Andy Say - on 12 Mar 2013
In reply to Damo:

>
> 2. Yes, it can be. It also signifies ignorance of the local culture which is both a) rude, and b) indicative of further ignorance which may well render the report useless for any real understanding of the event.
>

I believe that 'local culture' might deem yr wyddfa to be the actual name......
bigbobbyking - on 12 Mar 2013
In reply to Damo:
> (In reply to Rampikino)
> [...]
>
>
> Also, Human Rampikino, American media in particular has a grating habit of putting 'Mount' in front of Himalayan peaks such as Makalu, Manaslu, Kanchenjunga which neither have, nor need, such addition. 'Mount Dhaulagiri' would therefore translate as 'Mount White Mountain' which is ridiculous. Likewise trekkers apparently cross the Thorung La Pass, or translated, the 'Thorung Pass Pass'.


There's an extremely long history of this kind of thing. See http://en.wikipedia.org/wiki/List_of_tautological_place_names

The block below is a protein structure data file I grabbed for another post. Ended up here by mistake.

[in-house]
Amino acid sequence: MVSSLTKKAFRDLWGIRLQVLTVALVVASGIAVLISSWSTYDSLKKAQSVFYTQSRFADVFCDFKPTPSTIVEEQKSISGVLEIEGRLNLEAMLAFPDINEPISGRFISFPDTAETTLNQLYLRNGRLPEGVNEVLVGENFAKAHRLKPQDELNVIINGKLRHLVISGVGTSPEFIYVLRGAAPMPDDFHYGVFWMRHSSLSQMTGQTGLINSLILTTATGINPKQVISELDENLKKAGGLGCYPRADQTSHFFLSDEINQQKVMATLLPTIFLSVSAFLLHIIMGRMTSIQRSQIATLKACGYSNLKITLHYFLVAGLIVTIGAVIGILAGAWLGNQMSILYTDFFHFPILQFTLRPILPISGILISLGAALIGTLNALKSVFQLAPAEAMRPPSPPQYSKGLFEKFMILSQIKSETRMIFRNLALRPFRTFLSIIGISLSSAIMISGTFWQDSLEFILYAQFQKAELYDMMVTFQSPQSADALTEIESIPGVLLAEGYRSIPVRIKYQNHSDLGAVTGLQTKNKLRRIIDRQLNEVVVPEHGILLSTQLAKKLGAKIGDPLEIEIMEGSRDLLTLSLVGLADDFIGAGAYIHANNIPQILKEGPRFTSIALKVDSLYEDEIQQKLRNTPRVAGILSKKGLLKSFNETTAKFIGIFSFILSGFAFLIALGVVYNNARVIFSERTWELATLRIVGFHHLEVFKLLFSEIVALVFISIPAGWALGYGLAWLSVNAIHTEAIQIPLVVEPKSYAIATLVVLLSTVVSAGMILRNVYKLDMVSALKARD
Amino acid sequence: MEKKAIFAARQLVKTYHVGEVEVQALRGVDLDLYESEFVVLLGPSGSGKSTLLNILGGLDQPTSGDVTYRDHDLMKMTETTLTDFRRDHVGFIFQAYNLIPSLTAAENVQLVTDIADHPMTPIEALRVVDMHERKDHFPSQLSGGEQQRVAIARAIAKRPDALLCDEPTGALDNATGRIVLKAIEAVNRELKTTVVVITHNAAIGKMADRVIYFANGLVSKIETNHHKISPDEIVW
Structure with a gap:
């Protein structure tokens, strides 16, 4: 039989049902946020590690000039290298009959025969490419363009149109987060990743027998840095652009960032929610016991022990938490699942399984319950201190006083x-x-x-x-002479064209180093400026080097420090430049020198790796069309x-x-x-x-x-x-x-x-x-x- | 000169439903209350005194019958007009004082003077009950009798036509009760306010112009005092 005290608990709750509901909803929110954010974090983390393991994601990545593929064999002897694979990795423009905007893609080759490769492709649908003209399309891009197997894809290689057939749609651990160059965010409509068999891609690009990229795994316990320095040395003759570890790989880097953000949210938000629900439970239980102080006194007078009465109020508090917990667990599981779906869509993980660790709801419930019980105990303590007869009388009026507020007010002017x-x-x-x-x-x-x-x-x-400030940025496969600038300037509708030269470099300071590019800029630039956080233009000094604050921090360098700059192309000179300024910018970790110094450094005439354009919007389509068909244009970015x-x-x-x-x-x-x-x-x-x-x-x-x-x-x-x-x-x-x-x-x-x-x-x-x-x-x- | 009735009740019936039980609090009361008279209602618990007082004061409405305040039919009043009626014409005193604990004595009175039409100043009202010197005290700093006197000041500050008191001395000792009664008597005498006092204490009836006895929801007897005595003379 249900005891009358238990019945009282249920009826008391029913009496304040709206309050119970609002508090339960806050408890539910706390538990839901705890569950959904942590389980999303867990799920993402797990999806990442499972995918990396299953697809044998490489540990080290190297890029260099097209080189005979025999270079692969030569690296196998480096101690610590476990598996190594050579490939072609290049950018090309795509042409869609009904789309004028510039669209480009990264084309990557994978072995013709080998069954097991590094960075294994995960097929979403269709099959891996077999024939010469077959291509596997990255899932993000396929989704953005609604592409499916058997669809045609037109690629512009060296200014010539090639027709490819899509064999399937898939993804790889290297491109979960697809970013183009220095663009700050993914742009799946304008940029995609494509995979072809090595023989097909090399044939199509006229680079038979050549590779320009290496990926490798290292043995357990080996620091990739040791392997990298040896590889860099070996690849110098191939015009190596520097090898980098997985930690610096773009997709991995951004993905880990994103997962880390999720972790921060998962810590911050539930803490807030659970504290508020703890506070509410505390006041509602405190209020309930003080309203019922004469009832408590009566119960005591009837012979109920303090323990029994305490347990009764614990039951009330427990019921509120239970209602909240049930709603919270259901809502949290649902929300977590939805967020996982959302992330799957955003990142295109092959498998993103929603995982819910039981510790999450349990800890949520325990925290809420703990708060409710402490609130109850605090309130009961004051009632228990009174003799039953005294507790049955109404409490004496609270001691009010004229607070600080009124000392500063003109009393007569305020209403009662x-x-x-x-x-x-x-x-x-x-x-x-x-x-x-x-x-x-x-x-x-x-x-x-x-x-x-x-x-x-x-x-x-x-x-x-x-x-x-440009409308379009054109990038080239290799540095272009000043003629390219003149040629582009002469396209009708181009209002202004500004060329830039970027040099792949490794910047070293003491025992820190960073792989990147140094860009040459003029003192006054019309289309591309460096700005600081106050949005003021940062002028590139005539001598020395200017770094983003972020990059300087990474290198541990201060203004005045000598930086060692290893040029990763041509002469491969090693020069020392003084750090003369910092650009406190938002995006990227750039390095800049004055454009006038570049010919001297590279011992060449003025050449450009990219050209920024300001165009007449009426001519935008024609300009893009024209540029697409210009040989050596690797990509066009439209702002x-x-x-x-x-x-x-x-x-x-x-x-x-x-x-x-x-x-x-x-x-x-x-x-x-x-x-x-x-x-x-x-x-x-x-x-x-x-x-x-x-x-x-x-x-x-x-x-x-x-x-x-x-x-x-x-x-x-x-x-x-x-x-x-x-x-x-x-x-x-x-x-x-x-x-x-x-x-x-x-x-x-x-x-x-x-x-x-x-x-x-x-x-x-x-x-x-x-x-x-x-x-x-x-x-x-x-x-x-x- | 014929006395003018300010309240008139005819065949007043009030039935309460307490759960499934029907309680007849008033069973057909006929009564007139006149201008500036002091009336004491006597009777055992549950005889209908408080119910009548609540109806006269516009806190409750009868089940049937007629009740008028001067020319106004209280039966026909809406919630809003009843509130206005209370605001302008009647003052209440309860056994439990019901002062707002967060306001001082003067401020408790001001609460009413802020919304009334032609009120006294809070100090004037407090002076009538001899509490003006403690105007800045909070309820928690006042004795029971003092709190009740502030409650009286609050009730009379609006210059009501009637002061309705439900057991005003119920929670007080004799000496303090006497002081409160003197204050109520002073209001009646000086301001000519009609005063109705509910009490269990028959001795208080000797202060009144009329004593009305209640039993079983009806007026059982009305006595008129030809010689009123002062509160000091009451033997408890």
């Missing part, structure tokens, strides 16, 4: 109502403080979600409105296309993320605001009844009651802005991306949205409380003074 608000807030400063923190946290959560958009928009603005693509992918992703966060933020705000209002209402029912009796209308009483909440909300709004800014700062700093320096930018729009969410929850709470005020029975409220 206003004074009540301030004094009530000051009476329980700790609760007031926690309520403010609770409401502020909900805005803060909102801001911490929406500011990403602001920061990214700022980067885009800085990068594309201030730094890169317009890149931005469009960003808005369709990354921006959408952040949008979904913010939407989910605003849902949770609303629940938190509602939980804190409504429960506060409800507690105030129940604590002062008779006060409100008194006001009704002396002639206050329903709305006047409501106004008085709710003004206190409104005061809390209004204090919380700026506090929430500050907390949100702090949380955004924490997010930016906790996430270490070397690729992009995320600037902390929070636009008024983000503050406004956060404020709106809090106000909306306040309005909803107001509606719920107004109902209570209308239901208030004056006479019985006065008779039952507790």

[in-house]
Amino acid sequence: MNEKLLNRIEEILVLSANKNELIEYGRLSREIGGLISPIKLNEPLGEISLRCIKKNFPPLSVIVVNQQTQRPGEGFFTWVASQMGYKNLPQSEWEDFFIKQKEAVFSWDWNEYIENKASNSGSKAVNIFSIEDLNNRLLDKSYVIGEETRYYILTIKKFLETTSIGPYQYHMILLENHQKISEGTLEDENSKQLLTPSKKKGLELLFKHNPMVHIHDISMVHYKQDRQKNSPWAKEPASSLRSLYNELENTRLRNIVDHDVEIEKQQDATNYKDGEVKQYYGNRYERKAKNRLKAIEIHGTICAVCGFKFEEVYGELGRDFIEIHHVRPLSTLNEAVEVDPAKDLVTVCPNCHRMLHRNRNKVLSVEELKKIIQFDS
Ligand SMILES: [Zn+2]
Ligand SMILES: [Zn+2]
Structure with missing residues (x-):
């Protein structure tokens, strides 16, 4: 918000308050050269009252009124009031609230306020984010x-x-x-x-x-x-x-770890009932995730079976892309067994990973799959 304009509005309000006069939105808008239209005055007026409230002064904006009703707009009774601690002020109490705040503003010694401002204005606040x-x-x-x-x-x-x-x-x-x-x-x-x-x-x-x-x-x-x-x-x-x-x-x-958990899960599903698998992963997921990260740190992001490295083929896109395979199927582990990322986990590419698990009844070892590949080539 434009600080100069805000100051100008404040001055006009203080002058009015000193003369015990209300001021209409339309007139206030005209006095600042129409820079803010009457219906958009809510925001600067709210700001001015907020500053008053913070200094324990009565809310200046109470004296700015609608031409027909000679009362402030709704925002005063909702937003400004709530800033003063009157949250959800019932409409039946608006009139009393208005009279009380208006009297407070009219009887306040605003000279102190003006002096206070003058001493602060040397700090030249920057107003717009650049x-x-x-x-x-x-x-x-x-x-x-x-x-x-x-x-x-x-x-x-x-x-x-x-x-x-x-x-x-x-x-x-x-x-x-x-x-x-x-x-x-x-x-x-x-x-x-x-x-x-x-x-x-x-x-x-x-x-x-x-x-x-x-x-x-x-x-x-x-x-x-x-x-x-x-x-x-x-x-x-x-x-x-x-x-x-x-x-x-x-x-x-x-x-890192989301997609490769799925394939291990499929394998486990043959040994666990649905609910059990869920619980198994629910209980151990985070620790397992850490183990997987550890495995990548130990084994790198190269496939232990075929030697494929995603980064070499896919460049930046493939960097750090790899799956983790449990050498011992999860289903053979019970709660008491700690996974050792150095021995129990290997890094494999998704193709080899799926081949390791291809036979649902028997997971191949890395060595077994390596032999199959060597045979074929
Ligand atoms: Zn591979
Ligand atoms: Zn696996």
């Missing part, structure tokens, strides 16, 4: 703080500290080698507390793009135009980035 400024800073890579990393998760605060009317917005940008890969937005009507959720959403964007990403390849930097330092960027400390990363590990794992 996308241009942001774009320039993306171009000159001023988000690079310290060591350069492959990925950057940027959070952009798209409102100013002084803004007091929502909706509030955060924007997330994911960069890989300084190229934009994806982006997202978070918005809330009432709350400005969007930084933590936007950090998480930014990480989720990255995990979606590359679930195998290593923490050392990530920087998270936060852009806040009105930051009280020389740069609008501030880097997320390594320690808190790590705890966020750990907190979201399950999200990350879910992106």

Gordon Stainforth - on 12 Mar 2013
In reply to bigbobbyking:

Thanks for reminding me that, of course, Dun is a hill. Go to the back of the class, Gordon!
Andy Stephenson - on 12 Mar 2013
In reply to thejerv: Whatever the reasoning behind it (and I'd like to know what this reasoning is), it does grate.

I'd guess that the reporters think that they need to put "Mount" in front of any mountain name, to signify that they're talking about a mountain. If they were to say (for instance) "a climber fell off Snowdon today", people would wonder why Lord Snowdon was being climbed on.
Or if they mentioned an expedition to Manaslu, it might (to the ignorant) be a Pacific island; whereas "Mount Manaslu" at least lets you know that it's some sort of hillock somewhere.

Not that I like it, but maybe it has its uses. Not least to let you know not to read any further, as it's likely to be piffle.
Gordon Stainforth - on 12 Mar 2013
In reply to Andy Stephenson:

Curiously, they never seem to do it with the Lake District. I've never heard anyone ever say "Mount Helvellyn", for example.
Fat Bumbly2 - on 12 Mar 2013
In reply to Gordon Stainforth: